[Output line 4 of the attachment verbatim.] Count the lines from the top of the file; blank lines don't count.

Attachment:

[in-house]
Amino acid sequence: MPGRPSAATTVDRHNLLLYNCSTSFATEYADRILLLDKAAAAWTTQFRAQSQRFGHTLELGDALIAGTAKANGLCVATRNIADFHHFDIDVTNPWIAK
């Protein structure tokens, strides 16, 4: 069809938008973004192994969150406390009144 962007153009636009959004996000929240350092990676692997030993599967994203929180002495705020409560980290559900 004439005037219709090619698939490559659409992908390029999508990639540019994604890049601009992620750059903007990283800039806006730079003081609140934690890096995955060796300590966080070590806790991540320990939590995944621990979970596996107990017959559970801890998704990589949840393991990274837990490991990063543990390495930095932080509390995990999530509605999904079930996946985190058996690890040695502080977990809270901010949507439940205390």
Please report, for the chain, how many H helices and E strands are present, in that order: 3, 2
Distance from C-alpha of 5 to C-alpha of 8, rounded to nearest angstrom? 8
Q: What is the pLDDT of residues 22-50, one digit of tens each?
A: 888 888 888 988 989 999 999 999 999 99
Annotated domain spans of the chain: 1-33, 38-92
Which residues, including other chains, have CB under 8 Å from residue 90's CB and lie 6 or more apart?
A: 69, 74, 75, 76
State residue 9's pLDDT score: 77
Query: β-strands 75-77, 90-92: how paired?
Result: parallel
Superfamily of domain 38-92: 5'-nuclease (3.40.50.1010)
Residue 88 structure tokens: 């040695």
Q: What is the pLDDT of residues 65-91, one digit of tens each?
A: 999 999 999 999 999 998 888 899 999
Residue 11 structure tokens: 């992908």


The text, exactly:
Please report, for the chain, how many H helices and E strands are present, in that order: 3, 2